• Ingredients must be tested before use in manufacturing.
  • Finished goods must be tested after manufacturing.
  • Finished products must include all ingredients on the label.
  • Finished goods must be accurately labeled for potency and sources of the nutrients.
  • Claims for medical benefit are not allowed except as approved by the FDA and the FTC.
  • Claims must be truthful and not misleading.

There are thousands of companies in the nutritional products business. Most of these companies are reputable companies that have been in business for many years. These companies have a vested interest in producing high quality products that are both safe and effective. These companies have invested heavily in the process of complying with new regulation. You as the consumer have every right to expect that your supplements are manufactured by good companies using GMP.

Having said all of that, there is a dark side to the nutritional supplement industry. There are companies trying to cash in on the growing popularity of supplements that are not committed to following the law. There are products that are subpar quality. There are products that are adulterated. There are products with inferior ingredients. These companies are committing fraud upon its customers. There are not supplement manufacturers, they are scammers. These are companies that fly under the radar. They make excessive claims and sell inferior products. It is these companies you must avoid.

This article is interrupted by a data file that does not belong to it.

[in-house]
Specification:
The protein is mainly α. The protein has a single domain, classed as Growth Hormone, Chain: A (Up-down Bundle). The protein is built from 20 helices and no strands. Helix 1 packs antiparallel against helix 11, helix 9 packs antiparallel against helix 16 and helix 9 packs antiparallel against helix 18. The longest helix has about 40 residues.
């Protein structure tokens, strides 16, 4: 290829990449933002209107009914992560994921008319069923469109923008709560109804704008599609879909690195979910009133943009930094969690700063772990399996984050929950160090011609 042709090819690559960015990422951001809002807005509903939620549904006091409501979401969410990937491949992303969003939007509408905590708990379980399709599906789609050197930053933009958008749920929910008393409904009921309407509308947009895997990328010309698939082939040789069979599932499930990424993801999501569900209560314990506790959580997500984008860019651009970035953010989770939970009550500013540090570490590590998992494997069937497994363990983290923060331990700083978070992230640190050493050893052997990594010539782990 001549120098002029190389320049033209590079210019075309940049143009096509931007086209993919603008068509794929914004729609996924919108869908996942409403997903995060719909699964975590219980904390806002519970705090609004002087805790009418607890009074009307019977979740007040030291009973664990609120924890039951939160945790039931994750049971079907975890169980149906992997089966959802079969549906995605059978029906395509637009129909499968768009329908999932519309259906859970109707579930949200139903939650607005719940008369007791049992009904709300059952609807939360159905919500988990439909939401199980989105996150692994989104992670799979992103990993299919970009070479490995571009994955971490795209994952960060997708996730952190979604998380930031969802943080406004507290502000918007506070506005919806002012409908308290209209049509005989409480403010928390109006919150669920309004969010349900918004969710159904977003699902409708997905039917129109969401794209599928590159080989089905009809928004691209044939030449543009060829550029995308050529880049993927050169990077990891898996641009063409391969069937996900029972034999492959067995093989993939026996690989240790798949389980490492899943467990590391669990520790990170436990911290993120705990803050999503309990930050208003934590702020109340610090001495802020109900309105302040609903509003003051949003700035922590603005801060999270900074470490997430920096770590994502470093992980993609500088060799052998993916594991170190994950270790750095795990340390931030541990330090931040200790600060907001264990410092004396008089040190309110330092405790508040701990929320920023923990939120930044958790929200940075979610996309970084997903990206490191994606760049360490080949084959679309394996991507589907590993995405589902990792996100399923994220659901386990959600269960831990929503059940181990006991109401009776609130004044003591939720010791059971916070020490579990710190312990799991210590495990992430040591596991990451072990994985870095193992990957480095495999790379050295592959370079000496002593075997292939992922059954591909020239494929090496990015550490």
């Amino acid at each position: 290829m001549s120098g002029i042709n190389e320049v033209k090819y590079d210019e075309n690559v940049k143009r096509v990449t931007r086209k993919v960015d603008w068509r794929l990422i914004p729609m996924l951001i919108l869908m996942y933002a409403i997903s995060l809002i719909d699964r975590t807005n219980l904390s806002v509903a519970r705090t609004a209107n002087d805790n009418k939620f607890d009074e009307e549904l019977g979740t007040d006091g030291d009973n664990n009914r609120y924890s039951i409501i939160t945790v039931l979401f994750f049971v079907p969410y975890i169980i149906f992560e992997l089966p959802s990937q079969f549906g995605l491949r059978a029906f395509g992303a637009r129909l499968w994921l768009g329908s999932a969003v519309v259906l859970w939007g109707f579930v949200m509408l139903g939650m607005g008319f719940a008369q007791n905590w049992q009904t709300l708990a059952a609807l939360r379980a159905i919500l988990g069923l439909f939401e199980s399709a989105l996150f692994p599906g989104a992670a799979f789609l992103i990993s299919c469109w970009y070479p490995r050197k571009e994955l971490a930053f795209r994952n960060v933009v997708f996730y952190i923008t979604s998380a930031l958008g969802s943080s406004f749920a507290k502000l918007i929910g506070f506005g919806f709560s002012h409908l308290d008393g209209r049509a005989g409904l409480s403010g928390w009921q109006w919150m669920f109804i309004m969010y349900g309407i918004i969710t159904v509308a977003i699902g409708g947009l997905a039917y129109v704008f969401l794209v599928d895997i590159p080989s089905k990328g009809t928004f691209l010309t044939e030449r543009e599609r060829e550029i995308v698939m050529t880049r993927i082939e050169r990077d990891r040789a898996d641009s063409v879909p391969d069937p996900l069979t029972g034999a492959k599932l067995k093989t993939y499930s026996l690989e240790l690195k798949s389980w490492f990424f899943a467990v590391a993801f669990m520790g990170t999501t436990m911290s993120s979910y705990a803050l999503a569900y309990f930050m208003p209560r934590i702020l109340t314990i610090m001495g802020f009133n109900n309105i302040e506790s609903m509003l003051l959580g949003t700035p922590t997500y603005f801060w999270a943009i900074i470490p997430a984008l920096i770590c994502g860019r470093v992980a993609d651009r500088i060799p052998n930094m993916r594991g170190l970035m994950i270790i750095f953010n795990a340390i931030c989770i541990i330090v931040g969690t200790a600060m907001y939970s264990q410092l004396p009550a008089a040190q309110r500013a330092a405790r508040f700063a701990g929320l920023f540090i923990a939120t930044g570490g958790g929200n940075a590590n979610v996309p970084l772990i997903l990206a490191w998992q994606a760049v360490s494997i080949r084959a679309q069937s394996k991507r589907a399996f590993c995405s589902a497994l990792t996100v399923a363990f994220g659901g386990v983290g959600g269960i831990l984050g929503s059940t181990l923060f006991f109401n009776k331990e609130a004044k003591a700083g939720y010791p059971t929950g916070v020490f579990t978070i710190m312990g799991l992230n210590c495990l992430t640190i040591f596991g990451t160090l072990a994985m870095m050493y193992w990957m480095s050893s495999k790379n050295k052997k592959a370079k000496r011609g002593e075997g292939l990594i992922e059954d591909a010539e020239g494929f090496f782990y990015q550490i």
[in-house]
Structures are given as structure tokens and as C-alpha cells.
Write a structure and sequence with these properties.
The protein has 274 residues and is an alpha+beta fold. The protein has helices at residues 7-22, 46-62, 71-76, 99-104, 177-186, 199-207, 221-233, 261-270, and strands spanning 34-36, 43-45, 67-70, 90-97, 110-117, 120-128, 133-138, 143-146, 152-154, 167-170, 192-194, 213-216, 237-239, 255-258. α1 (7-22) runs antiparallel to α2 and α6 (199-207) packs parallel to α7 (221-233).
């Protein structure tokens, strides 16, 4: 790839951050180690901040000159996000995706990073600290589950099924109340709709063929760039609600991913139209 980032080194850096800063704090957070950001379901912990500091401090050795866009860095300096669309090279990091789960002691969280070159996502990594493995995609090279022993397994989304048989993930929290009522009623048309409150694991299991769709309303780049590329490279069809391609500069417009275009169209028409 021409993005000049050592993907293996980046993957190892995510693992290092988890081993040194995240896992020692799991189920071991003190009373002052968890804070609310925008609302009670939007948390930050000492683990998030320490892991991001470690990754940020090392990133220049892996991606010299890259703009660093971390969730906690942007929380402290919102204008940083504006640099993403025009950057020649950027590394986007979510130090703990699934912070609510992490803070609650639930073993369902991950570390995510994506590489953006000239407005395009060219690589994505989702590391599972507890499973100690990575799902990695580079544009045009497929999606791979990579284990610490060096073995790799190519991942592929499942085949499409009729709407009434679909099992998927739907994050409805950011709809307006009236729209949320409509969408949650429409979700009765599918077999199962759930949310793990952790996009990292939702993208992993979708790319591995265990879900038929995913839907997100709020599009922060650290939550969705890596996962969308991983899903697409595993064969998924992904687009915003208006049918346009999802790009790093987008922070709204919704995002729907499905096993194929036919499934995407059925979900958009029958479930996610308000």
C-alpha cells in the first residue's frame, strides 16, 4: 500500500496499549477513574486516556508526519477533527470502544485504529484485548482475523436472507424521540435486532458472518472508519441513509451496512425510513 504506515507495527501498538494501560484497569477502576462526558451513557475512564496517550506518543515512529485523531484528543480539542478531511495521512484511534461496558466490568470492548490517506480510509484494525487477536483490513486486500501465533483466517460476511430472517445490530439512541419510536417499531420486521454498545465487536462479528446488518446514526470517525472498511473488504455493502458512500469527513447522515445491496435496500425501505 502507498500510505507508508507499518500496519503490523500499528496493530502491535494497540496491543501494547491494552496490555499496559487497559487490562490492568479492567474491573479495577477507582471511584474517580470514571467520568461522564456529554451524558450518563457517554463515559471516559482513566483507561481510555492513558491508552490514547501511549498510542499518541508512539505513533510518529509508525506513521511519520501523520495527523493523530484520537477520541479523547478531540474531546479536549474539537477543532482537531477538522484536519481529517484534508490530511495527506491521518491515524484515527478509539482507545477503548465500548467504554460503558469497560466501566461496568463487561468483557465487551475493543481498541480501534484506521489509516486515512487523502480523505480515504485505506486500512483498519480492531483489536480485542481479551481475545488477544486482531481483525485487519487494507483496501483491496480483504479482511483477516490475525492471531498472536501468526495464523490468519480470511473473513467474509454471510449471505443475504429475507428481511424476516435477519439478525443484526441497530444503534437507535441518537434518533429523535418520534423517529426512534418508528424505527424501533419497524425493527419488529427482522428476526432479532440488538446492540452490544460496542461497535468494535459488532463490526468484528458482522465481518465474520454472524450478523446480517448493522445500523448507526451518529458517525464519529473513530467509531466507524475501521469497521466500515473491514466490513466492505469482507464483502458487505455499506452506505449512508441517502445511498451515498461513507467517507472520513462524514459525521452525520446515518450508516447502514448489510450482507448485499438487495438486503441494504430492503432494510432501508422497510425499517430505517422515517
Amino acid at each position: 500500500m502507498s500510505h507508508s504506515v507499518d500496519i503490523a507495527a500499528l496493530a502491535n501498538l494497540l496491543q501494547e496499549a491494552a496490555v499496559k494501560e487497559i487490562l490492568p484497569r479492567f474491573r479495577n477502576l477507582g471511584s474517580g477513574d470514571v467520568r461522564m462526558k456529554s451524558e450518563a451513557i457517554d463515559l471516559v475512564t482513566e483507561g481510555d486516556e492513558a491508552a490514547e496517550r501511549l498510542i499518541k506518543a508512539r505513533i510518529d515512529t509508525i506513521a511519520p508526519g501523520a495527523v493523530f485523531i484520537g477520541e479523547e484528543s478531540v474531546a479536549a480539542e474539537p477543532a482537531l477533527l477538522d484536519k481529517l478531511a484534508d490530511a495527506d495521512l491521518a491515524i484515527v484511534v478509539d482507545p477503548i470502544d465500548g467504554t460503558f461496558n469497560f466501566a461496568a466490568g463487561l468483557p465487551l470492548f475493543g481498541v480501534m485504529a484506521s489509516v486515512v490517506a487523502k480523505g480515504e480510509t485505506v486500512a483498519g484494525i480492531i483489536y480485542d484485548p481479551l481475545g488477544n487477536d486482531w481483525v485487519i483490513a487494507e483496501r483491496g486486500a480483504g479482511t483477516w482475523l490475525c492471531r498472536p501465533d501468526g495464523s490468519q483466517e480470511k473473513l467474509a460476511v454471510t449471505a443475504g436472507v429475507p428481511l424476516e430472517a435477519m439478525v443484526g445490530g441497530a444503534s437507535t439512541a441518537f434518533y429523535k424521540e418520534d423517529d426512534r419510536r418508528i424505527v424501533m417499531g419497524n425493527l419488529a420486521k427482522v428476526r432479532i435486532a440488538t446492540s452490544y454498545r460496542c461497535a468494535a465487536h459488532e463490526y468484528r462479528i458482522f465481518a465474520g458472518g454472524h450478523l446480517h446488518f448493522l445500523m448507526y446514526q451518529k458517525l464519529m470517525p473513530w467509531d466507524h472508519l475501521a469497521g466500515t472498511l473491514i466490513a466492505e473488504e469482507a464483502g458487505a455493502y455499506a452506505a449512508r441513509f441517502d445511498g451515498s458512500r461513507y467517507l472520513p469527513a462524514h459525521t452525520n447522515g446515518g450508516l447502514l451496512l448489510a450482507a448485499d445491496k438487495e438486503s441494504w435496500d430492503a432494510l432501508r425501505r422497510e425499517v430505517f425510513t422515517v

How do you tell them apart?

Do your homework. Learn which companies you can trust. Does the company have a street address that you can visit? Do they have a phone number you can call? If they are just an internet company, then beware.